Document Detail

Investigating effects of between- and within-host variability on Escherichia coli O157 shedding pattern and transmission.
MedLine Citation:
PMID:  23040120     Owner:  NLM     Status:  Publisher    
Healthy cattle and their environment are the reservoir for the human pathogen Escherichia coli O157. In E. coli O157 epidemiology, supershedders have been loosely defined as cattle that shed high concentrations of E. coli O157 (≥10(4)colony-forming cells (CFU)/g of feces) at a single (or multiple) cross-section in time. Due to the variability in the pathogen shedding level among animals (between-host variability), as well as fluctuations in the level shed by a single animal (within-host variability), it is difficult to interpret fecal bacteria distributions, as well as to parse the relative contribution of between- and within-host variability to the observed shedding patterns at the pen level. We developed an agent-based model that integrates individual animal data on temporal fecal shedding dynamics with pen-level E. coli O157 transmission to study how the temporal (and aggregation) patterns of E. coli O157 shedding loads and prevalence arise at the pen level. We demonstrated that even without between-host variability, the prevalence of animals with concentration of E. coli O157 in feces that exceeds 10(4)CFU/g is similar to that observed in cross-sectional field data. Both within-host and between-host variability can generate supershedders.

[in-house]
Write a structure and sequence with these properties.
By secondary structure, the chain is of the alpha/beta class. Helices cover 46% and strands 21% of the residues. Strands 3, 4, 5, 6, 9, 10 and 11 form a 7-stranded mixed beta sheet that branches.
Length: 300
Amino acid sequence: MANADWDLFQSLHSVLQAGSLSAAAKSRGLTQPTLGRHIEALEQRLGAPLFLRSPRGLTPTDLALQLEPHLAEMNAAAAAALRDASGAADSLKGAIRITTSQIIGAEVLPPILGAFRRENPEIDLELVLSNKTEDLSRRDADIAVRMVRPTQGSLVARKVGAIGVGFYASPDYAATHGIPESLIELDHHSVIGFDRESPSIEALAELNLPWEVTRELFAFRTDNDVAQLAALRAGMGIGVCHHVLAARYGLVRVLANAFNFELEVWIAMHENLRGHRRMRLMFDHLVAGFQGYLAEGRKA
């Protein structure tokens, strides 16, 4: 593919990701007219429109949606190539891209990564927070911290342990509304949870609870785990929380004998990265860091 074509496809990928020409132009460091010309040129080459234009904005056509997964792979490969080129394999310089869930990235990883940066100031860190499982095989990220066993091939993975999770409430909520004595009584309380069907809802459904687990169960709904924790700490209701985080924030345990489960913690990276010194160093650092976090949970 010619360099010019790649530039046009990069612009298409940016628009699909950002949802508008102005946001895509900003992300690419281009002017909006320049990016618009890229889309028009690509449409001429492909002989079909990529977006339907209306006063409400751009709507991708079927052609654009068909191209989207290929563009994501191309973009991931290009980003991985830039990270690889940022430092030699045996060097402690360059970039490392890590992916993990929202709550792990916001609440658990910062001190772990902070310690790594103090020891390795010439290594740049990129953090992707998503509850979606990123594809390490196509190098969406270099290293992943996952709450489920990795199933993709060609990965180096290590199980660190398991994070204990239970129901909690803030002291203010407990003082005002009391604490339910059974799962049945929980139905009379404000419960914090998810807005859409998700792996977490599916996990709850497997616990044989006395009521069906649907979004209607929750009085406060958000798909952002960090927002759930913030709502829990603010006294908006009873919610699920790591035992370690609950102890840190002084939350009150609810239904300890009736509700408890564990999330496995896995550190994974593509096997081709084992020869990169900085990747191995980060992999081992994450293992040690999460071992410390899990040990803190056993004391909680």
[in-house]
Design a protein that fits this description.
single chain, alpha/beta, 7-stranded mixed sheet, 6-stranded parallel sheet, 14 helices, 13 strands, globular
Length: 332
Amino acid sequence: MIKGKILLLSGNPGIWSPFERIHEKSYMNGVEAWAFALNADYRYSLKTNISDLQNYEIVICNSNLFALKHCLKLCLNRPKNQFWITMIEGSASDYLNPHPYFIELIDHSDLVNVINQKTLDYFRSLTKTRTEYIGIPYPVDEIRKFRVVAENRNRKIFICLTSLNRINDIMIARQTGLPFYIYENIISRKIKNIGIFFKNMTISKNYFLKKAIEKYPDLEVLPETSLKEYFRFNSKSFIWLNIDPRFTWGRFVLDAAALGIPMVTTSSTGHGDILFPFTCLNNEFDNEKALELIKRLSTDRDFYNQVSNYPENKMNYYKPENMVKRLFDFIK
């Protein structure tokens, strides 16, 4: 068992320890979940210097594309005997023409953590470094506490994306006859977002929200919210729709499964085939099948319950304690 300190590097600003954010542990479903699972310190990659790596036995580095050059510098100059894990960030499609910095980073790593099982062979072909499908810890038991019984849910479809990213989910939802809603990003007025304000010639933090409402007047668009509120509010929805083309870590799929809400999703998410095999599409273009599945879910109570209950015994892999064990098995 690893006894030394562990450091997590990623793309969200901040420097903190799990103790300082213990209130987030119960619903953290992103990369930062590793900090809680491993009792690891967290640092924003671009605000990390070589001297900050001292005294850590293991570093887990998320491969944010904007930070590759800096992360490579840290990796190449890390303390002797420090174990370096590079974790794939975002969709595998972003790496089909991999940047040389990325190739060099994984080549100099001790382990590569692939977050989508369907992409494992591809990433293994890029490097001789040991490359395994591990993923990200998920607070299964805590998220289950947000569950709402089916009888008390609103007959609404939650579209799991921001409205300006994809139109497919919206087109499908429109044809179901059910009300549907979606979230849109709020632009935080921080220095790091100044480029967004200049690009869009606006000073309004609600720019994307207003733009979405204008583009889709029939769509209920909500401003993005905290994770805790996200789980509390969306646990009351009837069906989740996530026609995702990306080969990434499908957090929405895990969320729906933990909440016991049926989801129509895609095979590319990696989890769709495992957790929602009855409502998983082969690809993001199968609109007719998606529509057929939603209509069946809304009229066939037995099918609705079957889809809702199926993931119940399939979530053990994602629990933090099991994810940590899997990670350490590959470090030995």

S Chen; M Sanderson; C Lanzas
Publication Detail:
Type:  JOURNAL ARTICLE     Date:  2012-10-3
Journal Detail:
Title:  Preventive veterinary medicine     Volume:  -     ISSN:  1873-1716     ISO Abbreviation:  Prev. Vet. Med.     Publication Date:  2012 Oct 
Date Detail:
Created Date:  2012-10-8     Completed Date:  -     Revised Date:  -    
Medline Journal Info:
Nlm Unique ID:  8217463     Medline TA:  Prev Vet Med     Country:  -    
Other Details:
Languages:  ENG     Pagination:  -     Citation Subset:  -    
Copyright Information:
Copyright © 2012 Elsevier B.V. All rights reserved.
Department of Biomedical and Diagnostic Sciences, College of Veterinary Medicine, University of Tennessee, Knoxville, TN, USA. Electronic address:
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